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01 / 05
Drug Companies Explore Making Drugs in Space

Bloomberg | Space

Drug Companies Explore Making Drugs in Space

“Proteins are complicated, finicky molecules that are notoriously difficult to produce in their crystal form. But without gravity, fluid convection lessens, the molecules move more slowly and temperature can be more precisely controlled. That yields fewer crystal defects, enhanced crystal size and uniformity, according to an Eli Lilly & Co. spokesperson. A study published in 2022 by researchers from Butler University in Indianapolis found that 90% of various types of crystals produced in space had one or more improved properties, including many desirable to drugmakers.”

From Bloomberg.

Proactive | Space

Intuitive Machines Eyes Second Moon Landing This Year

“Intuitive Machines said it is on track for a second mission to the Moon in the final quarter of 2024.

In February, Intuitive became the first private company to land on the Moon when its unmanned probe touched down on the lunar surface having been carried by a SpaceX rocket.

‘On our second mission, which will be in the last quarter of the year, we are actually installing a 4G network on the surface of the moon,’ founder Kam Ghaffarian said in an interview on Thursday at the Bloomberg Technology Summit in San Francisco.”

From Proactive.

The Guardian | Space

“We’re in a New Era”: The 21st-Century Space Race Takes Off

“The end of the cold war in 1989 brought a brief moment of global optimism, leading to the second, more collaborative space age. The International Space Station was assembled over 13 years and, since 2000, people of multiple nationalities have been living in space constantly, working together on experiments in the orbiting laboratory.

However, this second era also saw a dip in efforts to get humans farther out into space, symbolised by Nasa’s space shuttle programme that never sent people beyond Earth’s orbit and was eventually disbanded in 2011, in large part because the US government did not want to keep bankrolling its high costs. Afterwards, Washington had to rely on Moscow’s Soyuz rockets to get its astronauts into space.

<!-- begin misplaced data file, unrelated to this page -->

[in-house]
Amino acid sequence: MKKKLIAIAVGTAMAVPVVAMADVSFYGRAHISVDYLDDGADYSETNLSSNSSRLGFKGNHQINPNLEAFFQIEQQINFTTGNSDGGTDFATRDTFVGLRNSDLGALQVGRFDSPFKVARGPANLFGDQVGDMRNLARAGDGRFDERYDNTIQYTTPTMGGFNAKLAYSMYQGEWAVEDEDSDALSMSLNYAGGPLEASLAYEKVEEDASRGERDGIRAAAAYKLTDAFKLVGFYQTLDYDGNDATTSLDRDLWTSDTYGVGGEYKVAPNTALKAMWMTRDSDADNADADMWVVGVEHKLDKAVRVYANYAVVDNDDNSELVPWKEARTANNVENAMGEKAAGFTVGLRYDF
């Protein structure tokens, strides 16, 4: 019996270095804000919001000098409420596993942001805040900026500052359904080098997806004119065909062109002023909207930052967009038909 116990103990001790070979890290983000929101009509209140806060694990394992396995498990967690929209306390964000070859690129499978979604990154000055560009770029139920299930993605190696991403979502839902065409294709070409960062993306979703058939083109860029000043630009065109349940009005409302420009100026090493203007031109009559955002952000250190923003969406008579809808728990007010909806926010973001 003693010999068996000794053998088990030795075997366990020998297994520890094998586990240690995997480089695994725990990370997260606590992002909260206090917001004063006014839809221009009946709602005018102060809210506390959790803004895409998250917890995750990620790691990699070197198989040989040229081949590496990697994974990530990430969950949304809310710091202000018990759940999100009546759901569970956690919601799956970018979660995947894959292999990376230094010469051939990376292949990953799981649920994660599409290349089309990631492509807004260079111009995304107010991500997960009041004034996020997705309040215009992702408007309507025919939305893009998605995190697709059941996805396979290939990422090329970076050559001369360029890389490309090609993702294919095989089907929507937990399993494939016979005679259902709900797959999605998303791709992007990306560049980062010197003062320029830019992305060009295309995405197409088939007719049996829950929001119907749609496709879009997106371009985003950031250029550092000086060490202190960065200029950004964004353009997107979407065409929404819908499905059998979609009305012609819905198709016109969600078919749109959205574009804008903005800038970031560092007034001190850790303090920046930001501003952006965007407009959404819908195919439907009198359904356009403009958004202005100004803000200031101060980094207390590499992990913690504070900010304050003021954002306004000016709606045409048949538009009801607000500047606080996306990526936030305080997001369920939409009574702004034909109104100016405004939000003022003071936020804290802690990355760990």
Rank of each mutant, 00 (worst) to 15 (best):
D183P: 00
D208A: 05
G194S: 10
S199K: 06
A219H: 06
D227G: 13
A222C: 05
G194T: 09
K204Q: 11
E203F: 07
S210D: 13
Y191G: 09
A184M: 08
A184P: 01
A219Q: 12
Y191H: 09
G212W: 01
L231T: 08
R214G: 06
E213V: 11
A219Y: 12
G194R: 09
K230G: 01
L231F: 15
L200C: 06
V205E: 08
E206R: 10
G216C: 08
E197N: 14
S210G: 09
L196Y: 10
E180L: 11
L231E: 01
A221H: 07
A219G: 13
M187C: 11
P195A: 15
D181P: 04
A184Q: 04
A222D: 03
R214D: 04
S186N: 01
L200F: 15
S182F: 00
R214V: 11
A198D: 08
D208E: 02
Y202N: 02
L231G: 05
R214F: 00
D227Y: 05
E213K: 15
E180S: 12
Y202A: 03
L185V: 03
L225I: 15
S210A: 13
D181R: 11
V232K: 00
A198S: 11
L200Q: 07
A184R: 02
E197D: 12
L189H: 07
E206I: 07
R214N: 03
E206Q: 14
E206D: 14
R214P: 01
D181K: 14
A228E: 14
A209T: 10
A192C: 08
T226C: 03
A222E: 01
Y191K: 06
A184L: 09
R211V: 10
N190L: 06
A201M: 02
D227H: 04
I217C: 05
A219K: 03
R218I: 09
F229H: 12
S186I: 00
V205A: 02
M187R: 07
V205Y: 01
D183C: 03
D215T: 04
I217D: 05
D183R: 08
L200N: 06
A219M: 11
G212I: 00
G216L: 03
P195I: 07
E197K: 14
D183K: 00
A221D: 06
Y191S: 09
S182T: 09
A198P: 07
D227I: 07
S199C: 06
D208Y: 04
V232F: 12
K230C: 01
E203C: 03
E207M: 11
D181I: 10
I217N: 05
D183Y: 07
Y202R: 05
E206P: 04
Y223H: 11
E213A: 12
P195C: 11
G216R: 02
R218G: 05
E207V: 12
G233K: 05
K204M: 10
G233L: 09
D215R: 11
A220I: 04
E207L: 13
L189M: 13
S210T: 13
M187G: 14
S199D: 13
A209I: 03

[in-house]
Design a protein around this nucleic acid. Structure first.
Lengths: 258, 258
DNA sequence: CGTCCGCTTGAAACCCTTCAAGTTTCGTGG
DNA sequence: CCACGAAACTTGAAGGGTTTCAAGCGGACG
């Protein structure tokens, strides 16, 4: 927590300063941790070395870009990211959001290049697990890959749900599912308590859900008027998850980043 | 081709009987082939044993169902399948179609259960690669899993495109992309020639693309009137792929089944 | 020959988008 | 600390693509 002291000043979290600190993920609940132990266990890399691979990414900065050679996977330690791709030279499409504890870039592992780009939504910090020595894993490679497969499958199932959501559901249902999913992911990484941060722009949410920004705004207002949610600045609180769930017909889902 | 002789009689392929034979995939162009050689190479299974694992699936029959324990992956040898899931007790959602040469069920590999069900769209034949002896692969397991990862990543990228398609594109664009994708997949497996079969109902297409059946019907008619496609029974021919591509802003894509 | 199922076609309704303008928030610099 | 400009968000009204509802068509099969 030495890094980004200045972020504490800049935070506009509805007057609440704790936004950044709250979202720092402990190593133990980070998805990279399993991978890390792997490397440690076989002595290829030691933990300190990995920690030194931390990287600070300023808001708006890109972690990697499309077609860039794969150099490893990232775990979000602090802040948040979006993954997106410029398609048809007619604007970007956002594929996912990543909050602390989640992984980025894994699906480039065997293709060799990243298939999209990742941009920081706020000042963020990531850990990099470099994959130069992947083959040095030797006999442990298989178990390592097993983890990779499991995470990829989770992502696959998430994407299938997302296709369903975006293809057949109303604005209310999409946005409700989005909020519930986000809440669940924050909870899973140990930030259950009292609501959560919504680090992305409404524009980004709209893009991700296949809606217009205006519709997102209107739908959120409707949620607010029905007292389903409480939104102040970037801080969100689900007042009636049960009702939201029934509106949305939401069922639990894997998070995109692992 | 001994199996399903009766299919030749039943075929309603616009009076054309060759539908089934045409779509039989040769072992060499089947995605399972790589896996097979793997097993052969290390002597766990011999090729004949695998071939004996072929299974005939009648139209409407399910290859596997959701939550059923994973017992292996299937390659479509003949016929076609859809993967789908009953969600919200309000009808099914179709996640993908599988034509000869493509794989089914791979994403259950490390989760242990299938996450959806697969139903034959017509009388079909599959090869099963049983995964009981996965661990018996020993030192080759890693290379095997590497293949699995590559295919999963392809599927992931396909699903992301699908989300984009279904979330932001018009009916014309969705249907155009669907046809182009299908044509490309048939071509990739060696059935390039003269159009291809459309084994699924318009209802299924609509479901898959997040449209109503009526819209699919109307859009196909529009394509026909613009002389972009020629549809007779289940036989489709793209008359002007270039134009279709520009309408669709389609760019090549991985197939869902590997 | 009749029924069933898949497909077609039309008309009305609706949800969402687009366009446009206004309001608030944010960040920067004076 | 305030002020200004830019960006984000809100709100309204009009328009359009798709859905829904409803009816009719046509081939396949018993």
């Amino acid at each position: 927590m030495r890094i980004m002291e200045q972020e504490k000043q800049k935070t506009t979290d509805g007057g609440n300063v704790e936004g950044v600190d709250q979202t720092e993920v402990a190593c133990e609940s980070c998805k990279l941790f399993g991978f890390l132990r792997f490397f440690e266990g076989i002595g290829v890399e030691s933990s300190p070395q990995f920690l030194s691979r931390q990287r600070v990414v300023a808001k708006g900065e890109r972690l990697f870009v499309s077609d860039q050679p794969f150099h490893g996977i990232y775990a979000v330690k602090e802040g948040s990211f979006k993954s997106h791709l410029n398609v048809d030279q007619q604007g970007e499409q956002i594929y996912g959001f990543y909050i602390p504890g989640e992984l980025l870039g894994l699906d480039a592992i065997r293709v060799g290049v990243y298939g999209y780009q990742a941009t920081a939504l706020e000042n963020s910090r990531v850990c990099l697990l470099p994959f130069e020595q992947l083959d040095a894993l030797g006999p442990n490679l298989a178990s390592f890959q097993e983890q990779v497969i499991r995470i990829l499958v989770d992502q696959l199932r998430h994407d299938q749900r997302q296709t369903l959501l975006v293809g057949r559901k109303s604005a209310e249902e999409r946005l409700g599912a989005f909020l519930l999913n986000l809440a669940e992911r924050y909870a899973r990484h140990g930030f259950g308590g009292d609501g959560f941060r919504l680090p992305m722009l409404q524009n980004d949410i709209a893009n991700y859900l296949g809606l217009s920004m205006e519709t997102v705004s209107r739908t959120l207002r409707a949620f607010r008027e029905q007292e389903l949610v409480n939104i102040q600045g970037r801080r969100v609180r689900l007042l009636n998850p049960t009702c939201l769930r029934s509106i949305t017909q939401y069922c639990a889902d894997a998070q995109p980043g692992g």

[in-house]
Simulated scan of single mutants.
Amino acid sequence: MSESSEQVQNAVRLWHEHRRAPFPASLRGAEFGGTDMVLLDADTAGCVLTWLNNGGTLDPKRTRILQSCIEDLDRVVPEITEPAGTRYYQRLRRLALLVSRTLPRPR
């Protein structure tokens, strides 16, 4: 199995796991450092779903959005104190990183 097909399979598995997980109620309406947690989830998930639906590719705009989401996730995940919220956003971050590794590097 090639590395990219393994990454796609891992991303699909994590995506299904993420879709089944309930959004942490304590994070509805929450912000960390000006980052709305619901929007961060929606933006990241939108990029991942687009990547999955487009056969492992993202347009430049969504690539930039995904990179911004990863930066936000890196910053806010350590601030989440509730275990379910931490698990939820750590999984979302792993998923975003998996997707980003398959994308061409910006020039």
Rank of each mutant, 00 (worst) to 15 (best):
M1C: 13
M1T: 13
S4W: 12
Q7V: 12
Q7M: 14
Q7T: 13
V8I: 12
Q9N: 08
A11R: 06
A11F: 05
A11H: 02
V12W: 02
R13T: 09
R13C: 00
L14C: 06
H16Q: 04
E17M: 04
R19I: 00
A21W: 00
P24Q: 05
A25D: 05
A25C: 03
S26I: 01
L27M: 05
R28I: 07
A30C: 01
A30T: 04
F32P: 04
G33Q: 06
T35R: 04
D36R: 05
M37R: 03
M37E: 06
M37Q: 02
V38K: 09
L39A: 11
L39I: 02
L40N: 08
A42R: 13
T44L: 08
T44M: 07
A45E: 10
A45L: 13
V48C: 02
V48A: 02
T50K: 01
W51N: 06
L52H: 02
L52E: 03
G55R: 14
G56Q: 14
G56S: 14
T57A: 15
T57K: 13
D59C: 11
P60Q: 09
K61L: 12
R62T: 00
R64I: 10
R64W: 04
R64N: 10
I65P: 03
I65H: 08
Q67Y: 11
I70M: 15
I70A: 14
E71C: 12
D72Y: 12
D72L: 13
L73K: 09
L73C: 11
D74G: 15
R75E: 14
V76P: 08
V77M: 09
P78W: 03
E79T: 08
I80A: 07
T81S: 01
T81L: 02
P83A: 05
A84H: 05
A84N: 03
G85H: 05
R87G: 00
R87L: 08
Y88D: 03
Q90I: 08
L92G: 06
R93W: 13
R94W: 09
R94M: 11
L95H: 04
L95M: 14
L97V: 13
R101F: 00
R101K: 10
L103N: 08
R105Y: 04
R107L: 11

Yet those high costs have now been driven down by private businesses entering the scene, often as government contractors. In the past few years, some of these businesses have started to make money, although not from headline-grabbing reasons such as space tourism but mostly for sending up communication satellites, especially broadband internet. Many estimates suggest the global space industry could generate revenues of more than $1tn within the next two decades.”

From The Guardian.

CNN | Space

Nokia and NASA Are Taking 4G into Space

“Texting on the Moon? Streaming on Mars? It may not be as far away as you think.

That’s the shared vision of NASA and Nokia, who have partnered to set up a cellular network on the Moon to help lay the building blocks for long-term human presence on other planets.

A SpaceX rocket is due to launch this year — the exact date has yet to be confirmed — carrying a simple 4G network to the Moon. The lander will install the system at the Moon’s south pole and then it will be remotely controlled from Earth.”

From CNN.

ABC News | Space

NASA Hears from Voyager 1 after Months of Quiet

“NASA has finally heard back from Voyager 1 again in a way that makes sense.

The most distant spacecraft from Earth stopped sending back understandable data last November. Flight controllers traced the blank communication to a bad computer chip and rearranged the spacecraft’s coding to work around the trouble.

NASA’s Jet Propulsion Laboratory in Southern California declared success after receiving good engineering updates late last week. The team is still working to restore transmission of the science data.”

From ABC News.